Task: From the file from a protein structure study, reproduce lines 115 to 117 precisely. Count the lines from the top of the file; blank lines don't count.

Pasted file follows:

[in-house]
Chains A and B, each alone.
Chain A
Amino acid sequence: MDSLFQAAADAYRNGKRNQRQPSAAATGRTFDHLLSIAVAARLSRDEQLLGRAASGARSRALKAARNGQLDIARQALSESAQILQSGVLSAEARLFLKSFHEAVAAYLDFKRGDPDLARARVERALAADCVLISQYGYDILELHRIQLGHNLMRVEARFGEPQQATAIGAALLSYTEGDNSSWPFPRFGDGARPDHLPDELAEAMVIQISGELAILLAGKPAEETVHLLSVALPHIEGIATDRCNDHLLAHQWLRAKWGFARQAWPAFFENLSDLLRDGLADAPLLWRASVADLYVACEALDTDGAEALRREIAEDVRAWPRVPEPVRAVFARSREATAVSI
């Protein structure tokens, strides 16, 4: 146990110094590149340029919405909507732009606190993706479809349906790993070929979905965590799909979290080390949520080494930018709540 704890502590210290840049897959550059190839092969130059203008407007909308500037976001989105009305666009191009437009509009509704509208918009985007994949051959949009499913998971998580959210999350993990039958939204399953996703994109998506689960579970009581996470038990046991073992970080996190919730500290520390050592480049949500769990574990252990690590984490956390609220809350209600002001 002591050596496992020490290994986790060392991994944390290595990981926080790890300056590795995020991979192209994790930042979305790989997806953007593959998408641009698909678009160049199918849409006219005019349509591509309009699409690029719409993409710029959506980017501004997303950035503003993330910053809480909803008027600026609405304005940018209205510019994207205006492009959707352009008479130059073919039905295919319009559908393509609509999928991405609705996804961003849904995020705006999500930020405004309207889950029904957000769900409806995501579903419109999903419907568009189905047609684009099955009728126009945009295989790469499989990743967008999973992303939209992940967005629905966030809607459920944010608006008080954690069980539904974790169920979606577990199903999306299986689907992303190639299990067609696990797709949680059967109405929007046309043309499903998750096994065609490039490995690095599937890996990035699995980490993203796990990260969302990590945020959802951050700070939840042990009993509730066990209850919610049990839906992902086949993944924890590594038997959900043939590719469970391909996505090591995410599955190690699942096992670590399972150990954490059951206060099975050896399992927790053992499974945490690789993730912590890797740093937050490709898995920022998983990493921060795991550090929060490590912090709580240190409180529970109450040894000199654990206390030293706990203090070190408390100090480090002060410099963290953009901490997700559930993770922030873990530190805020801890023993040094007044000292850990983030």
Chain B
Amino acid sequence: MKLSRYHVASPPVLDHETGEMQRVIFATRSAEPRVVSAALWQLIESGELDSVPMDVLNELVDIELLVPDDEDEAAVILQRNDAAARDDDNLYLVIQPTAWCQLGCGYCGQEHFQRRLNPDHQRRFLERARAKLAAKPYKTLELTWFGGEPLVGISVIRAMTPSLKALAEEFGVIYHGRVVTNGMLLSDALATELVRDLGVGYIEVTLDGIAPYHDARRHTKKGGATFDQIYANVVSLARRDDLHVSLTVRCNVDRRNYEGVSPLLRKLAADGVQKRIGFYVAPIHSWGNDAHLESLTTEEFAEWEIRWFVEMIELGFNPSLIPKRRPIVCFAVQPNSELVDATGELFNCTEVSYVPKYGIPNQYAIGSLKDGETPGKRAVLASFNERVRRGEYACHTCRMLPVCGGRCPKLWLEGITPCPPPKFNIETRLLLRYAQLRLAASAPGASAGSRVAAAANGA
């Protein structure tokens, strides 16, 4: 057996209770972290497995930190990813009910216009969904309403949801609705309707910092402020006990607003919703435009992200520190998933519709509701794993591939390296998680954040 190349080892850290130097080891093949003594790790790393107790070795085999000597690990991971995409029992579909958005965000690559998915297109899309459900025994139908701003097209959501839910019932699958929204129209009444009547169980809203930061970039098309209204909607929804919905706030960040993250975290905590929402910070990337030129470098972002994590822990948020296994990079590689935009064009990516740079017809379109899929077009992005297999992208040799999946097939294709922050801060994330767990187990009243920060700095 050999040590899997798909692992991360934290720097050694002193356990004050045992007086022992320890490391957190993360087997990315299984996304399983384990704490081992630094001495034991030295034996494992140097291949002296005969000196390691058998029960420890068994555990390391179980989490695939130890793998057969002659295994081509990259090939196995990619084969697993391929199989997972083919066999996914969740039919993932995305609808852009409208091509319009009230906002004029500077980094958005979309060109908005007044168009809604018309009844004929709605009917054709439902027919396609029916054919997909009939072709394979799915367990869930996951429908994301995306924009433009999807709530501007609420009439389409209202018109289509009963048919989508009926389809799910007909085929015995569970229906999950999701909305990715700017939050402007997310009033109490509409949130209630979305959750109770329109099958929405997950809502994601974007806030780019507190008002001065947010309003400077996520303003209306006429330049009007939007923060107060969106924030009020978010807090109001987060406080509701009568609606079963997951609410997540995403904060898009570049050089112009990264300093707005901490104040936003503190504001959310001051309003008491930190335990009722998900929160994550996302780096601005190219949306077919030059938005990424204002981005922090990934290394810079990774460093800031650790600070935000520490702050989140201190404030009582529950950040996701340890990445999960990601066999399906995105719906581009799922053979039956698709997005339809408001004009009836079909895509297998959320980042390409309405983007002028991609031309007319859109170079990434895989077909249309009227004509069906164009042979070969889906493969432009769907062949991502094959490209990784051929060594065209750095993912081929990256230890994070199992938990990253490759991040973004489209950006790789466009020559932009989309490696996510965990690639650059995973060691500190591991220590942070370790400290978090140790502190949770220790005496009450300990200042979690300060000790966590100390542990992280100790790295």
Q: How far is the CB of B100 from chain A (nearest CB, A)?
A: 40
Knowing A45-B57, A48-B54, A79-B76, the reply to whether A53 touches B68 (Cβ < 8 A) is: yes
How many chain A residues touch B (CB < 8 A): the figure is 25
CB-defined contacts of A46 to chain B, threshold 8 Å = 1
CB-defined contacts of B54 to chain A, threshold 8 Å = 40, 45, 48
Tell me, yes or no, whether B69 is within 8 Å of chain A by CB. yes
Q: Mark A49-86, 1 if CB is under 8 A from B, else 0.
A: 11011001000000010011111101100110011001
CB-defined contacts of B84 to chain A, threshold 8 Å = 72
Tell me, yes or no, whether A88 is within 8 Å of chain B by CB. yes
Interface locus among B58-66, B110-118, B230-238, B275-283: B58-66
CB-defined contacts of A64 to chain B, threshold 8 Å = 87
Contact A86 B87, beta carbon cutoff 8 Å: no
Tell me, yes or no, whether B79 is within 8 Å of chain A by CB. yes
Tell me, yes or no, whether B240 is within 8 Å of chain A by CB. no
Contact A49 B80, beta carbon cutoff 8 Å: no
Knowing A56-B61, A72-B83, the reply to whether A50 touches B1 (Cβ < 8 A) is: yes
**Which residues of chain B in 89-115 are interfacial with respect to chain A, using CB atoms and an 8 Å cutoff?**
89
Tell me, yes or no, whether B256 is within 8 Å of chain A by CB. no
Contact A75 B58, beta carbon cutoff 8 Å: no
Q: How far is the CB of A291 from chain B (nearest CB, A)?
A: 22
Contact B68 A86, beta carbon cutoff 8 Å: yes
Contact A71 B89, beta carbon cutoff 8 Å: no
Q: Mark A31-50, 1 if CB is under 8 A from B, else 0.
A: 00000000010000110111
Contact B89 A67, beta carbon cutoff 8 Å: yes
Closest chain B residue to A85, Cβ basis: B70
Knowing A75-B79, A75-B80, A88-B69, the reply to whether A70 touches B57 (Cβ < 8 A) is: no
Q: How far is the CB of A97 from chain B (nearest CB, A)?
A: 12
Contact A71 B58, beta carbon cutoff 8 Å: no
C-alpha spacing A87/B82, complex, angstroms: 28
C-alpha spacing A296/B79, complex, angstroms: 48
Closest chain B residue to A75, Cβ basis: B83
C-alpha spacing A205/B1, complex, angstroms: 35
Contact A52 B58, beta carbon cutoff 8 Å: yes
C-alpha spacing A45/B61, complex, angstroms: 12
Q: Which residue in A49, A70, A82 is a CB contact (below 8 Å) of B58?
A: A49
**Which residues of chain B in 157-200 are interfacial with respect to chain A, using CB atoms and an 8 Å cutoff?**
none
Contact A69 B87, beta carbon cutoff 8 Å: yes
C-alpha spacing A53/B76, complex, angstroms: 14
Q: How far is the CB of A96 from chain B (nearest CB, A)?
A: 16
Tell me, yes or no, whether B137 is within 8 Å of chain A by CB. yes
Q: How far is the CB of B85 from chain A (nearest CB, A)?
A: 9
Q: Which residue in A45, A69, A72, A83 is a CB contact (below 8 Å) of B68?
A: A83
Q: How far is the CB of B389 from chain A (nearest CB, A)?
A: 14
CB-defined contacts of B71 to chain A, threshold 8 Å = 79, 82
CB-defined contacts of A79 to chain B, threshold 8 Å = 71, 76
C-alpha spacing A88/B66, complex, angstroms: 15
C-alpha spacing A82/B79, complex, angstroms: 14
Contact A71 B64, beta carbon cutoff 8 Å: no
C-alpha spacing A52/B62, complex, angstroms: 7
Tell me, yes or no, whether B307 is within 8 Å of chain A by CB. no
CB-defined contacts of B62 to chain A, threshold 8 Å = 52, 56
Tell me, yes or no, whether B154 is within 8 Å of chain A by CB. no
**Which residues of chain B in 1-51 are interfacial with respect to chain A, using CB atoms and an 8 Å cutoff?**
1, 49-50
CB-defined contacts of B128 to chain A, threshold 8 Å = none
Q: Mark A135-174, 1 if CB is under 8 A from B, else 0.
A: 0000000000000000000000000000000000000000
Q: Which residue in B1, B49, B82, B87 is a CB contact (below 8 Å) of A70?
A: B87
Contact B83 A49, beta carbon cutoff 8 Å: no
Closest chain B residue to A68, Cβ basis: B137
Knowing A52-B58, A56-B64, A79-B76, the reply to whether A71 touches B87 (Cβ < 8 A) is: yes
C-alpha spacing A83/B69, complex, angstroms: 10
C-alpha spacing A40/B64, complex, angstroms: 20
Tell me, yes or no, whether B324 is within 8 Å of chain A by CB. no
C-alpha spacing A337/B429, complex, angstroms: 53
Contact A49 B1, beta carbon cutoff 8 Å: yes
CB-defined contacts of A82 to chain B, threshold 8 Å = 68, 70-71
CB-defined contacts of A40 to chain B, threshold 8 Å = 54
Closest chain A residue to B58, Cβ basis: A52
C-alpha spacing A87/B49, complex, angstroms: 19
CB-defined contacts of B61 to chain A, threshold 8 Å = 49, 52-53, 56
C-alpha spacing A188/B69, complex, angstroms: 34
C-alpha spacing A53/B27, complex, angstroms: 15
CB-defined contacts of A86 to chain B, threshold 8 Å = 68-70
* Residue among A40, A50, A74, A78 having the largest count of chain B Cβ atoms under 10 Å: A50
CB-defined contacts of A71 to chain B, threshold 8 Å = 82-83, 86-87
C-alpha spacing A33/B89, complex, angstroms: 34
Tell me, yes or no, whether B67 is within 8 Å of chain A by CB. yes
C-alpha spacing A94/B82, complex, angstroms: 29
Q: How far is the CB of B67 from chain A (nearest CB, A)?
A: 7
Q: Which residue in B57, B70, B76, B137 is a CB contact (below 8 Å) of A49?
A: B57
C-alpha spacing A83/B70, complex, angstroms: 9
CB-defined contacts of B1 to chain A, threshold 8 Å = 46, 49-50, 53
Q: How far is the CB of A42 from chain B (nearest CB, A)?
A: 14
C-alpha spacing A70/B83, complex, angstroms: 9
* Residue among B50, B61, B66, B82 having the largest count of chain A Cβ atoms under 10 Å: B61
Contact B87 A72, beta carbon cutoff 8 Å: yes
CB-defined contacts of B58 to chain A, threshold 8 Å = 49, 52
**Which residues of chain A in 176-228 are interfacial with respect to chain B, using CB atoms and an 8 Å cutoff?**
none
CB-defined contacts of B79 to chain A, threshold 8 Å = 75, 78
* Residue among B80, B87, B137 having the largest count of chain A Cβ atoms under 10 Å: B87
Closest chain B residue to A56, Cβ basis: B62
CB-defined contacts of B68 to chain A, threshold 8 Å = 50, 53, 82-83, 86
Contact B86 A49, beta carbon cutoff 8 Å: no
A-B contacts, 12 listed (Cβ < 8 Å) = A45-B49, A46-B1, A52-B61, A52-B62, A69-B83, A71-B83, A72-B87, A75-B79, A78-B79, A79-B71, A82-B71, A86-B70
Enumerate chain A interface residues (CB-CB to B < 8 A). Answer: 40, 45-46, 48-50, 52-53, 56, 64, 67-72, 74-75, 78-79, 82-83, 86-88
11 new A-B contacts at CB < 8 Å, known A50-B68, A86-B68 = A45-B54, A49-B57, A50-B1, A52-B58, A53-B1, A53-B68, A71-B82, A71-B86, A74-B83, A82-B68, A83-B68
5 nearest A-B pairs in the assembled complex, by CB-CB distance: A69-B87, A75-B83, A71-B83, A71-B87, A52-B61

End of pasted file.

CB-defined contacts of B79 to chain A, threshold 8 Å = 75, 78
* Residue among B80, B87, B137 having the largest count of chain A Cβ atoms under 10 Å: B87
Closest chain B residue to A56, Cβ basis: B62